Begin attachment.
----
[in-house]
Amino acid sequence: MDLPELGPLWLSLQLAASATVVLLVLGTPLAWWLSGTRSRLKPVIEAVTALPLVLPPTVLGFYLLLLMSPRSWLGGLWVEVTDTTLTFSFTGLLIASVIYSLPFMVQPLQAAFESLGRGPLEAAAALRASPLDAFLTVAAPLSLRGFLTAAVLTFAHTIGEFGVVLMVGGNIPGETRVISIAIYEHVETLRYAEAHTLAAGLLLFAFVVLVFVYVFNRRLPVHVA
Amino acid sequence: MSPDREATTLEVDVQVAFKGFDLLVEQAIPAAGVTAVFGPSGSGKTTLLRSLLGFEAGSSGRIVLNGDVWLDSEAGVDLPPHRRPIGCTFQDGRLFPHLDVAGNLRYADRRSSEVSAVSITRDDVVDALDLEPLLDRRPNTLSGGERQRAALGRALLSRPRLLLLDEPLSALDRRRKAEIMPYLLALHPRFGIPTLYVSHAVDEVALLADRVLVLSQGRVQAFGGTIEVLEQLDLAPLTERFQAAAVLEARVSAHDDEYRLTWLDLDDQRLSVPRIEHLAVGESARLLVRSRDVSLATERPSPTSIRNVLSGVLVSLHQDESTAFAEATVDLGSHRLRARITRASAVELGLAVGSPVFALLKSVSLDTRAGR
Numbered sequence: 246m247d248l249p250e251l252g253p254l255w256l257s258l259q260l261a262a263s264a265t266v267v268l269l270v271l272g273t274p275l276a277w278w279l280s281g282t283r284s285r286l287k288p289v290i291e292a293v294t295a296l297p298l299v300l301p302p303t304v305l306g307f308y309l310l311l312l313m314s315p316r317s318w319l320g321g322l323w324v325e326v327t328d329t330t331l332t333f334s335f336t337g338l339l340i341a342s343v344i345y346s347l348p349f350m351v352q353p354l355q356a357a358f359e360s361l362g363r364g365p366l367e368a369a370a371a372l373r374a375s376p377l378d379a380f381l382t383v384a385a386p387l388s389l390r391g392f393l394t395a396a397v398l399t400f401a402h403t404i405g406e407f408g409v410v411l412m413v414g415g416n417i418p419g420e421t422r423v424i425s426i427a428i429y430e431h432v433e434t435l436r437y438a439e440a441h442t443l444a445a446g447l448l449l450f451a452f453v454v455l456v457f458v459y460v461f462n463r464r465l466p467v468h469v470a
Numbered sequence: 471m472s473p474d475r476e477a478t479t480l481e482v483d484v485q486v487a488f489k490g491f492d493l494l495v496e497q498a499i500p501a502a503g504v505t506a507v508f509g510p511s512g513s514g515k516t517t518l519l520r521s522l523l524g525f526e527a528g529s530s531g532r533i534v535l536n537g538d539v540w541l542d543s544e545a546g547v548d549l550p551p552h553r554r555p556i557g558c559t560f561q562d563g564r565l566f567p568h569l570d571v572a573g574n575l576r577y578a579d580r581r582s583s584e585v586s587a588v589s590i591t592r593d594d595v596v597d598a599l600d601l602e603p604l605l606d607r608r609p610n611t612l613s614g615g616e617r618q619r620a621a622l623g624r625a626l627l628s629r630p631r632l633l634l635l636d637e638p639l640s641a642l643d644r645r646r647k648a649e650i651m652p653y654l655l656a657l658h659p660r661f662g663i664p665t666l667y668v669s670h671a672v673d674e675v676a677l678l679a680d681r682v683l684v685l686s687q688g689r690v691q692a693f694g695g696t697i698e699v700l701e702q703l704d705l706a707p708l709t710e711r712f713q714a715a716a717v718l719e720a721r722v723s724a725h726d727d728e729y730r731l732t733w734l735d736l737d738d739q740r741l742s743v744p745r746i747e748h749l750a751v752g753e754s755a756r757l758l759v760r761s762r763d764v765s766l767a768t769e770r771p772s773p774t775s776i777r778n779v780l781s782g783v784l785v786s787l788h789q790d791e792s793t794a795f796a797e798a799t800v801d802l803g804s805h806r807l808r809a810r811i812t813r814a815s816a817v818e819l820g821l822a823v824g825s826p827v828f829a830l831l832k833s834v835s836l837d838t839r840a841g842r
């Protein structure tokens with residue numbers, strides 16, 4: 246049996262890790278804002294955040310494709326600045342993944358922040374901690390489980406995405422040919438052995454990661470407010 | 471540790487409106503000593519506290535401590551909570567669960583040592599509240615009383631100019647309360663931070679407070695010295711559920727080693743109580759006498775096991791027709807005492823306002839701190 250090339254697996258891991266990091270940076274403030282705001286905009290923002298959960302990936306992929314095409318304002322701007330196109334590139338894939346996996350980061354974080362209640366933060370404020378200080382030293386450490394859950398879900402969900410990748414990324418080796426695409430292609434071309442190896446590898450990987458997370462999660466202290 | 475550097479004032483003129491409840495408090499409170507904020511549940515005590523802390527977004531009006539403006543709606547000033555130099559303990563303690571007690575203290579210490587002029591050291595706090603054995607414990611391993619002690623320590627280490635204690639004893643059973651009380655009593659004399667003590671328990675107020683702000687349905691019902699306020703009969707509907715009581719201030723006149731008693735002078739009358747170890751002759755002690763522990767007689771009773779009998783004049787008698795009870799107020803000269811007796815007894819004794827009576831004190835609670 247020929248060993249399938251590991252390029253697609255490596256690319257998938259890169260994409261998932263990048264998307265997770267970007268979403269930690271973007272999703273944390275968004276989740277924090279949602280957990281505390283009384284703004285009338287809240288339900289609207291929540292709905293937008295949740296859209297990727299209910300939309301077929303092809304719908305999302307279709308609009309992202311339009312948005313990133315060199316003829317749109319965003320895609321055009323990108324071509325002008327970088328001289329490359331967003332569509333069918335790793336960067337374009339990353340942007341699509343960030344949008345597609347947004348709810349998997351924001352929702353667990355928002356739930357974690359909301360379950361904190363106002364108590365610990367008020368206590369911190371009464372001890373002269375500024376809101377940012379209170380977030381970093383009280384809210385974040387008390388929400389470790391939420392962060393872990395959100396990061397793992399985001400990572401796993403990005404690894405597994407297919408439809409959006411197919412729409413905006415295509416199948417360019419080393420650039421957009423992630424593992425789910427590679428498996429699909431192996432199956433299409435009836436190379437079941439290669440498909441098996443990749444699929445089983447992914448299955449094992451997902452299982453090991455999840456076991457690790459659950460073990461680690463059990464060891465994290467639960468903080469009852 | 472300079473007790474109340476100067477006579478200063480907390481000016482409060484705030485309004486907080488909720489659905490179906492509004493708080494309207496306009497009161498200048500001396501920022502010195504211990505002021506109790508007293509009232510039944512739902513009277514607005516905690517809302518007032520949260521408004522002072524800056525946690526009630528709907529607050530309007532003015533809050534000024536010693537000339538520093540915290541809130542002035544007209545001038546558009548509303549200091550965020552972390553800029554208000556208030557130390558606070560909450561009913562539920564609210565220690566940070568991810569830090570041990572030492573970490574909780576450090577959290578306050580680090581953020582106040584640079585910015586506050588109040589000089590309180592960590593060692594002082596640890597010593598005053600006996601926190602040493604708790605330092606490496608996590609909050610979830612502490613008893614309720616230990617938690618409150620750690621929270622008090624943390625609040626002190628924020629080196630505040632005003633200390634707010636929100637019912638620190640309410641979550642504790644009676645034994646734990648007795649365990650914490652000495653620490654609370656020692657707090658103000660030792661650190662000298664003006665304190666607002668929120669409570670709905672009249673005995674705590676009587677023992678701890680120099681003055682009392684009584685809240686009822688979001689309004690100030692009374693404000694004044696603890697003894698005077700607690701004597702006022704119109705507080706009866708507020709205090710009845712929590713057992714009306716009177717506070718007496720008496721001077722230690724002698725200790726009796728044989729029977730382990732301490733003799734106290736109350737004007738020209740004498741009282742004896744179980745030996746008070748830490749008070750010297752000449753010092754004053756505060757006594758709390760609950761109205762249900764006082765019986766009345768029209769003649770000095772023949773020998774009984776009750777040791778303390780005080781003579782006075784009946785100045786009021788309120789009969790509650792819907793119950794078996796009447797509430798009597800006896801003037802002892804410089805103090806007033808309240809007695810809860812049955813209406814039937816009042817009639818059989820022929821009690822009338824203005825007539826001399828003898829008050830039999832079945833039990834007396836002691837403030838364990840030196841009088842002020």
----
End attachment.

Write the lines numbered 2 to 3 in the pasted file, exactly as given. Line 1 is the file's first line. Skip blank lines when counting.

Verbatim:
Amino acid sequence: MDLPELGPLWLSLQLAASATVVLLVLGTPLAWWLSGTRSRLKPVIEAVTALPLVLPPTVLGFYLLLLMSPRSWLGGLWVEVTDTTLTFSFTGLLIASVIYSLPFMVQPLQAAFESLGRGPLEAAAALRASPLDAFLTVAAPLSLRGFLTAAVLTFAHTIGEFGVVLMVGGNIPGETRVISIAIYEHVETLRYAEAHTLAAGLLLFAFVVLVFVYVFNRRLPVHVA
Amino acid sequence: MSPDREATTLEVDVQVAFKGFDLLVEQAIPAAGVTAVFGPSGSGKTTLLRSLLGFEAGSSGRIVLNGDVWLDSEAGVDLPPHRRPIGCTFQDGRLFPHLDVAGNLRYADRRSSEVSAVSITRDDVVDALDLEPLLDRRPNTLSGGERQRAALGRALLSRPRLLLLDEPLSALDRRRKAEIMPYLLALHPRFGIPTLYVSHAVDEVALLADRVLVLSQGRVQAFGGTIEVLEQLDLAPLTERFQAAAVLEARVSAHDDEYRLTWLDLDDQRLSVPRIEHLAVGESARLLVRSRDVSLATERPSPTSIRNVLSGVLVSLHQDESTAFAEATVDLGSHRLRARITRASAVELGLAVGSPVFALLKSVSLDTRAGR